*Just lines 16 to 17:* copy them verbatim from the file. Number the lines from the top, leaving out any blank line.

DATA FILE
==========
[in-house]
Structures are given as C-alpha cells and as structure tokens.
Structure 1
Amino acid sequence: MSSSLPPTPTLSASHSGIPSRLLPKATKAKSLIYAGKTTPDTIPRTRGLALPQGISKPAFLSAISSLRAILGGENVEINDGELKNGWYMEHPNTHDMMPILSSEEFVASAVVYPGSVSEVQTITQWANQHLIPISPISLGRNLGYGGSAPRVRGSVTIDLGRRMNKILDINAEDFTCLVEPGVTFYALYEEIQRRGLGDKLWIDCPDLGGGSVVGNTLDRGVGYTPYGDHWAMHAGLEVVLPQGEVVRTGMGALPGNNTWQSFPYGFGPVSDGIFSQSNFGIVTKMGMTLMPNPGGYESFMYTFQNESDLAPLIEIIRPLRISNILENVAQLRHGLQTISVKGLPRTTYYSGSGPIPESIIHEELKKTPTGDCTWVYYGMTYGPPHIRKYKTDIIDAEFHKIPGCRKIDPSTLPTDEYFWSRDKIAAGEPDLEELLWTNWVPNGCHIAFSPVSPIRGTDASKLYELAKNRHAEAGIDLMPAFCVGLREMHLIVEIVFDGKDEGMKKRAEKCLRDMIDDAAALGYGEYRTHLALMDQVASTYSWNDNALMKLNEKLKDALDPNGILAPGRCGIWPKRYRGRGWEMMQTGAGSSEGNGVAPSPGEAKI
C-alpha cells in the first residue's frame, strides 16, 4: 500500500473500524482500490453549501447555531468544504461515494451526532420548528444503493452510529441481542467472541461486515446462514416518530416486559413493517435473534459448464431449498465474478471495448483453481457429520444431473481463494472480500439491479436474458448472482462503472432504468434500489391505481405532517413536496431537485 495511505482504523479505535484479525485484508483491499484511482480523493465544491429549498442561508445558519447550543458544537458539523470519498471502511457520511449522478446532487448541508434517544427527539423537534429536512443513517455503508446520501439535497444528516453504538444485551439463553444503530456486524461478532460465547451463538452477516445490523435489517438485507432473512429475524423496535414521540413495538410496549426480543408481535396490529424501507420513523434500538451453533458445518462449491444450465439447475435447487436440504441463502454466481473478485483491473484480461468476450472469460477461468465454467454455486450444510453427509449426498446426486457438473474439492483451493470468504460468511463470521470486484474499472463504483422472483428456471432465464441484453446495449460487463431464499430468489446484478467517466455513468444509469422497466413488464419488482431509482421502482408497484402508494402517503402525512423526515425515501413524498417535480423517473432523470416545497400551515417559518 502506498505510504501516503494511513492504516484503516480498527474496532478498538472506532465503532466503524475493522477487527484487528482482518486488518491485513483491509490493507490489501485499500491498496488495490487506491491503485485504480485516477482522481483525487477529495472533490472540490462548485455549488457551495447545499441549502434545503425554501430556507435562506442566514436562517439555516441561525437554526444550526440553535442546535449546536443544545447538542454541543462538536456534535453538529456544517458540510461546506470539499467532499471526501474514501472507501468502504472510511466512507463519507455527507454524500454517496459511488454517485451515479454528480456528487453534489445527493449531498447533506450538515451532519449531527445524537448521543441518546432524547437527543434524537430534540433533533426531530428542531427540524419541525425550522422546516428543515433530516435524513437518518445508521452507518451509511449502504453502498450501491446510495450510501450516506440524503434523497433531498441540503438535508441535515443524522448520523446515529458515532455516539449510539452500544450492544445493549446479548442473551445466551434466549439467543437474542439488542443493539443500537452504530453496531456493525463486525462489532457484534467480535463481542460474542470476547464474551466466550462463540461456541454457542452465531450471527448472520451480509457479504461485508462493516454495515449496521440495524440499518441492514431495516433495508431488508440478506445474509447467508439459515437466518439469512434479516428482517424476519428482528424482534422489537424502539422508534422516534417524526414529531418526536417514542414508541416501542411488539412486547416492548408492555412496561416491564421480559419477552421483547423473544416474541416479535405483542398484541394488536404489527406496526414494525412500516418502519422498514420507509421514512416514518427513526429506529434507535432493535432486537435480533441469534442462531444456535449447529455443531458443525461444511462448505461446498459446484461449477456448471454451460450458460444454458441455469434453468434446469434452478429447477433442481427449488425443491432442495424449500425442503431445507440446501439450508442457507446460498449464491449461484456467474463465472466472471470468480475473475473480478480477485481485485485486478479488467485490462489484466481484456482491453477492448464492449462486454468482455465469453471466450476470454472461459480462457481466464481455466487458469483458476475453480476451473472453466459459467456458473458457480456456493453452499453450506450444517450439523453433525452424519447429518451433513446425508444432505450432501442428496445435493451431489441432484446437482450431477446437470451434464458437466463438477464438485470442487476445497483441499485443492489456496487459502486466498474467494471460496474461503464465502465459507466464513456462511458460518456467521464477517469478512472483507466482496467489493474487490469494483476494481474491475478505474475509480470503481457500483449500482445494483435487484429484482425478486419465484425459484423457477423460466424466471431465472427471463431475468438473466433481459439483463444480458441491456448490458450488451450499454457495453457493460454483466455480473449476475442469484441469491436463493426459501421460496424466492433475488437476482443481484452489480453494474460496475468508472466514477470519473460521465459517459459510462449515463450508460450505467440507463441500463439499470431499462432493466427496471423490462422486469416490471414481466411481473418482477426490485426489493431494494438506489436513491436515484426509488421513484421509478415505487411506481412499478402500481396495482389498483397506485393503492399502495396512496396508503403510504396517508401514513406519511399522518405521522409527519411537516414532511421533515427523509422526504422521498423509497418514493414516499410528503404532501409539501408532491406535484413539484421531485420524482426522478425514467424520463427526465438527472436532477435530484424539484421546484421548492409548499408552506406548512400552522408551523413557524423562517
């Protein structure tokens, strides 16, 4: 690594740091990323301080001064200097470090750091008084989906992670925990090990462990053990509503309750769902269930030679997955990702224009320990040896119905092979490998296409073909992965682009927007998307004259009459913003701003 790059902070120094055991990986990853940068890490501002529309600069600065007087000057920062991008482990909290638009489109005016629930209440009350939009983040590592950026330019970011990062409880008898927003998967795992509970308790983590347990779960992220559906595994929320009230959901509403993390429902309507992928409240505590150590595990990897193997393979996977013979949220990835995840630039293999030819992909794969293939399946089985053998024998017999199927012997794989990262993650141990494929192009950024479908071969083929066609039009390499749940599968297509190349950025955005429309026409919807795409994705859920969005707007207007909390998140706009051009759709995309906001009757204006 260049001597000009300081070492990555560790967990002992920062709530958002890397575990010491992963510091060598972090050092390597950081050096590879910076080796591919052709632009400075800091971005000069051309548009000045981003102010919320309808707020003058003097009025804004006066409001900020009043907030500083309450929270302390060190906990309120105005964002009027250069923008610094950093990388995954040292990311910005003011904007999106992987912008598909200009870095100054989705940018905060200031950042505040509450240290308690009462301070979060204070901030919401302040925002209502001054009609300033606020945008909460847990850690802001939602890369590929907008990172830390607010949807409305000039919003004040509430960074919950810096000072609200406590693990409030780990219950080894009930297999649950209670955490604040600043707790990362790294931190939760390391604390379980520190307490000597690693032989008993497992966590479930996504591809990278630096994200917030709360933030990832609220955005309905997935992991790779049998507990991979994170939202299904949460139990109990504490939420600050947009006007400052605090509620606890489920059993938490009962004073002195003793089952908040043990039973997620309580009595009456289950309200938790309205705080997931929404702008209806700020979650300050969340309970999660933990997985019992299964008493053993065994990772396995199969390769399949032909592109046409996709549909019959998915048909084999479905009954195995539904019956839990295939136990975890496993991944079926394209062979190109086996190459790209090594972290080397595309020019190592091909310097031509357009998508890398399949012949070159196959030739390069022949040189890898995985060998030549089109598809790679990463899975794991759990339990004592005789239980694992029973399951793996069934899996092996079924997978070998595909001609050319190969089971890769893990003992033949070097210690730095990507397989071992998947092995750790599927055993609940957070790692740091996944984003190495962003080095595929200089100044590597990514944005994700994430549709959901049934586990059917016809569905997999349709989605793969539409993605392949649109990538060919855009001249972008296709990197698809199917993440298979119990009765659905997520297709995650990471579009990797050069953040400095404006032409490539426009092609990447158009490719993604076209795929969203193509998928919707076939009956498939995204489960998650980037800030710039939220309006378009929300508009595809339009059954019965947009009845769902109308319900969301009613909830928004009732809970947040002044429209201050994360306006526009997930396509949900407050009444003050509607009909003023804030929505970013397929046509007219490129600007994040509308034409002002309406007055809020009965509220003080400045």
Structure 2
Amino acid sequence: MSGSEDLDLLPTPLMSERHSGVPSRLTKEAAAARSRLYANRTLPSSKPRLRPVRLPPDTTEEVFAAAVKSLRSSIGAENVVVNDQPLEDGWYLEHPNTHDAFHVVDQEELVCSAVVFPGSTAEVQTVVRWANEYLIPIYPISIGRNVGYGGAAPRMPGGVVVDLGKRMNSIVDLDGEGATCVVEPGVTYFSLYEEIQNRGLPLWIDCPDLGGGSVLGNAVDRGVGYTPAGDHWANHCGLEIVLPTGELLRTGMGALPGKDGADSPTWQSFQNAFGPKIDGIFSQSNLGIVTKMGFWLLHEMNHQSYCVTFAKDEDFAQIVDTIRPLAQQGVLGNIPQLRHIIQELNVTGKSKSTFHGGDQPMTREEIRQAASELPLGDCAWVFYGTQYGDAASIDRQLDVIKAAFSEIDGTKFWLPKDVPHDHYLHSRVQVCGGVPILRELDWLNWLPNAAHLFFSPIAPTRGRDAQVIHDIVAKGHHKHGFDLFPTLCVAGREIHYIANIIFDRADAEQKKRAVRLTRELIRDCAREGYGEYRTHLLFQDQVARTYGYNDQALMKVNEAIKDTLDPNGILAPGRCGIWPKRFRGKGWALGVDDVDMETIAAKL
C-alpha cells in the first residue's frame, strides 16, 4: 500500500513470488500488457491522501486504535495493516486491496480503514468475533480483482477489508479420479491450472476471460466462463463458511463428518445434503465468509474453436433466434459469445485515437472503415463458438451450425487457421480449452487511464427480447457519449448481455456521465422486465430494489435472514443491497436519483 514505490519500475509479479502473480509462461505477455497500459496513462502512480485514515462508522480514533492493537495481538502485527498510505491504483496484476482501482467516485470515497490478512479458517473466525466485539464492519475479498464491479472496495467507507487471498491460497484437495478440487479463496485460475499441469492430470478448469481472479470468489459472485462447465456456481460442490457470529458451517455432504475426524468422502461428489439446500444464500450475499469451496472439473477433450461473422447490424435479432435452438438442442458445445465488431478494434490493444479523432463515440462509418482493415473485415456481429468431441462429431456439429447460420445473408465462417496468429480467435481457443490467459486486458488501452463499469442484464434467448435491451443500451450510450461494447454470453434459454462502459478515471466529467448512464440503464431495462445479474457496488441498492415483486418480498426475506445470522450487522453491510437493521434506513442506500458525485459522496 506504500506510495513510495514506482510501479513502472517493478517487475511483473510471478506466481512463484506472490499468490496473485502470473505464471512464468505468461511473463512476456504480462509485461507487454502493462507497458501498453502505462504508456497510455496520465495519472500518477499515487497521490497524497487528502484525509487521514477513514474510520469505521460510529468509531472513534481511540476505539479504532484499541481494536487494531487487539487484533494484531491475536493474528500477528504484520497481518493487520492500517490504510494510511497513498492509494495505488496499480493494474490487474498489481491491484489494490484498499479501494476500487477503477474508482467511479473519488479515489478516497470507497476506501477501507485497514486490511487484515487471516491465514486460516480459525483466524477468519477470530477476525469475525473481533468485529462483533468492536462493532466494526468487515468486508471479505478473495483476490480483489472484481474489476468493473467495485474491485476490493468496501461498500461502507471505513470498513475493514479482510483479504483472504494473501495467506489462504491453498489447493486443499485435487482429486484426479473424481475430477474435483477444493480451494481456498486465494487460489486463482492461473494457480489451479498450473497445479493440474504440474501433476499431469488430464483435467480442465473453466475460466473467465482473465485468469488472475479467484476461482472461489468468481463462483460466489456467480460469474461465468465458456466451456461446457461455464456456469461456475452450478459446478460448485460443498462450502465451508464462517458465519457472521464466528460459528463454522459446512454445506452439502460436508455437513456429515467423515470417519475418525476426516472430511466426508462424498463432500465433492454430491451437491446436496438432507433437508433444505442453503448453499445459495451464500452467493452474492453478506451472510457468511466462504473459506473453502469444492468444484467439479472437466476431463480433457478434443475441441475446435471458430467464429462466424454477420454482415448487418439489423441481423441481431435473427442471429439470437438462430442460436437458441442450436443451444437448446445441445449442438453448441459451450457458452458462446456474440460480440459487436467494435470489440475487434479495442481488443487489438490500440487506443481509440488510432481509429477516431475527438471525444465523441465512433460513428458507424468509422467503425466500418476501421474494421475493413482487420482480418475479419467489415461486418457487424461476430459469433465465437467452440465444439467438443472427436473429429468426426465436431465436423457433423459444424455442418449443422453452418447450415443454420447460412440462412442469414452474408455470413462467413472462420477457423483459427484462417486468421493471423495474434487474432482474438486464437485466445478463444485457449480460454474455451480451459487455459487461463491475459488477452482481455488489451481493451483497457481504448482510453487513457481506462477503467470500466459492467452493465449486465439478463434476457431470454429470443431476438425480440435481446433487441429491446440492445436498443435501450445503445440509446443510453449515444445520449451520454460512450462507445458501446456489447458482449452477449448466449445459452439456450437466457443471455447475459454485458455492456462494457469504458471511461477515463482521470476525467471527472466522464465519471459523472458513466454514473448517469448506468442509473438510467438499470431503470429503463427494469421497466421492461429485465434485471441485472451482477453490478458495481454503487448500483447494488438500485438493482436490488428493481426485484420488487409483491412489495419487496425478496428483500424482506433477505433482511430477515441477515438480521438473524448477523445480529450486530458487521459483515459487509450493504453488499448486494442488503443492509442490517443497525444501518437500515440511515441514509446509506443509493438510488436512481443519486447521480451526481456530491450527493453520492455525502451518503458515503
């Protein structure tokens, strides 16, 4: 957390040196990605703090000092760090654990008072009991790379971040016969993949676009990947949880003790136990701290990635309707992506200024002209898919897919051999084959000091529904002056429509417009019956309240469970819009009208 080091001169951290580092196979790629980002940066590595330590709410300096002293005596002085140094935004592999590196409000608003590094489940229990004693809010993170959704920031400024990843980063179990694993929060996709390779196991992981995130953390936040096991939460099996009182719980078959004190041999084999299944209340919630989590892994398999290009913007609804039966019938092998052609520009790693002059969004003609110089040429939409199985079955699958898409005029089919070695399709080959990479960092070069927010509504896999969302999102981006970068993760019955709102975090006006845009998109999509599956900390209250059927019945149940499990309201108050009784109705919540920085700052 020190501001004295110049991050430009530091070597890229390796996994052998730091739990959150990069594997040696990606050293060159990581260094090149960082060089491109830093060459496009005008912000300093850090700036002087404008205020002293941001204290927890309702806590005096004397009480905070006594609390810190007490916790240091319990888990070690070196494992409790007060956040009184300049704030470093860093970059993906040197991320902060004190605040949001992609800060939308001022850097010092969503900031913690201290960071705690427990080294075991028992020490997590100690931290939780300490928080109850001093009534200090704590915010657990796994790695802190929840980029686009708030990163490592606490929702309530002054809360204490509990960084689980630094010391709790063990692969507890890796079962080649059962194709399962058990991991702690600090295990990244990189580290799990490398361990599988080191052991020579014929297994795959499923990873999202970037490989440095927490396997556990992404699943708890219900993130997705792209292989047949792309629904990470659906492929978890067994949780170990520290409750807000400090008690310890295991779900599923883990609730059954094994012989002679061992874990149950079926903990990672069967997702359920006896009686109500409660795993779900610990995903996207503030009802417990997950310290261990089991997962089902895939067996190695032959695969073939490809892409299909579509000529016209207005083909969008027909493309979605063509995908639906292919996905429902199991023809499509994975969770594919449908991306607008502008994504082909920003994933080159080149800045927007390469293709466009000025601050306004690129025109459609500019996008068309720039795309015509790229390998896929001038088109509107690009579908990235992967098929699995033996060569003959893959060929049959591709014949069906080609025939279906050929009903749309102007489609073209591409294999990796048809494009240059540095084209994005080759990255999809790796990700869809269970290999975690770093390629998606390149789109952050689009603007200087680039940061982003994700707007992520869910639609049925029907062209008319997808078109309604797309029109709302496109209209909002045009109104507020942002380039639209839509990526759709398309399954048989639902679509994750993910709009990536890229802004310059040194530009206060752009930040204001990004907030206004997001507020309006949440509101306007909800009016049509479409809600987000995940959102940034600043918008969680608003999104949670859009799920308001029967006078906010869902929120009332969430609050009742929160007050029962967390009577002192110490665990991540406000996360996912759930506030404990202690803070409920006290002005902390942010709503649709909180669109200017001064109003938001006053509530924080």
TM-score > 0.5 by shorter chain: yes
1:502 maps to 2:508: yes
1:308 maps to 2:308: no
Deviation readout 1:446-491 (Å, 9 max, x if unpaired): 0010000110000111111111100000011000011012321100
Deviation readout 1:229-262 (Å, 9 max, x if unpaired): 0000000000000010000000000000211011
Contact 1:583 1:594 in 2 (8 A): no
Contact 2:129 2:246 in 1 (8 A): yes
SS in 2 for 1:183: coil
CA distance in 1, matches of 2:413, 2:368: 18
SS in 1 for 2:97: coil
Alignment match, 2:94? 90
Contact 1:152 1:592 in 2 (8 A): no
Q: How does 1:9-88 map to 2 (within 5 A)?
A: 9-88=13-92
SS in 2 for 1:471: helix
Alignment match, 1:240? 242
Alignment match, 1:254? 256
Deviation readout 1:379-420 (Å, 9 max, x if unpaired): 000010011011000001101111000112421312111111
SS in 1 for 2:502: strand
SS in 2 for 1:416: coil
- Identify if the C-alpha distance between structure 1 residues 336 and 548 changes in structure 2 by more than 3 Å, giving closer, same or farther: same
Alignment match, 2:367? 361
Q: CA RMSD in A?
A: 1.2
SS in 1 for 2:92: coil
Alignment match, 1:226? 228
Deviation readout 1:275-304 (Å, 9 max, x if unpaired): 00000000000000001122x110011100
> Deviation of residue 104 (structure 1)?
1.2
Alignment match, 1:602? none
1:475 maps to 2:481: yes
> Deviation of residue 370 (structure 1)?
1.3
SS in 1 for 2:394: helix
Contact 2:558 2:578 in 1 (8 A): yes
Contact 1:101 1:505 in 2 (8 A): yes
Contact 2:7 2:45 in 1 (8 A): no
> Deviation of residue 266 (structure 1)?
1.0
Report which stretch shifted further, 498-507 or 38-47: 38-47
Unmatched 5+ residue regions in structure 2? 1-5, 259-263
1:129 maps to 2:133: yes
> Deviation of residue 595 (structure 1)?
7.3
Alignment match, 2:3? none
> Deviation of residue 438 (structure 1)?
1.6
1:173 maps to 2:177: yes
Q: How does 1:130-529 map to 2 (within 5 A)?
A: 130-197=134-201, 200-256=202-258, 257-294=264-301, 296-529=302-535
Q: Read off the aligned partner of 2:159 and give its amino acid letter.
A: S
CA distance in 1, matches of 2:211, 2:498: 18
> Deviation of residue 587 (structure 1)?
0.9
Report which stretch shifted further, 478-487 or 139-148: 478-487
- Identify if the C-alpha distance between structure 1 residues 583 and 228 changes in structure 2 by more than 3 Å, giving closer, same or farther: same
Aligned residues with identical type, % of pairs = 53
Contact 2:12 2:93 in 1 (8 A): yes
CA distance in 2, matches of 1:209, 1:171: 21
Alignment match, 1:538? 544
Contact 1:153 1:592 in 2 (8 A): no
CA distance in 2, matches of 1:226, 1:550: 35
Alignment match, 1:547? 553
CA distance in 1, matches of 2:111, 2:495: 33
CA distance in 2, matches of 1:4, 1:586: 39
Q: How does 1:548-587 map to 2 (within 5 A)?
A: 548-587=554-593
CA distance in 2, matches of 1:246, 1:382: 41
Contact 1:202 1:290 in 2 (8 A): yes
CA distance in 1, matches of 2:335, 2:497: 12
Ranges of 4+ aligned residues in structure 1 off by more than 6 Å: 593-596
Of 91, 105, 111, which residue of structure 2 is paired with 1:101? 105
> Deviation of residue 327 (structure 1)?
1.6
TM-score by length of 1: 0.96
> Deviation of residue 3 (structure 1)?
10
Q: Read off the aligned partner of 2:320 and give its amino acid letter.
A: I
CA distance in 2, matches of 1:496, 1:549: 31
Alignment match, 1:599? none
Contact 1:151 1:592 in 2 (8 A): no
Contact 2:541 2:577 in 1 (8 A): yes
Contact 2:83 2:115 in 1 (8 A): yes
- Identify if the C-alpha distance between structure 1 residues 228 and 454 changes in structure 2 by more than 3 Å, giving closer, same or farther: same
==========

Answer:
Contact 1:583 1:594 in 2 (8 A): no
Contact 2:129 2:246 in 1 (8 A): yes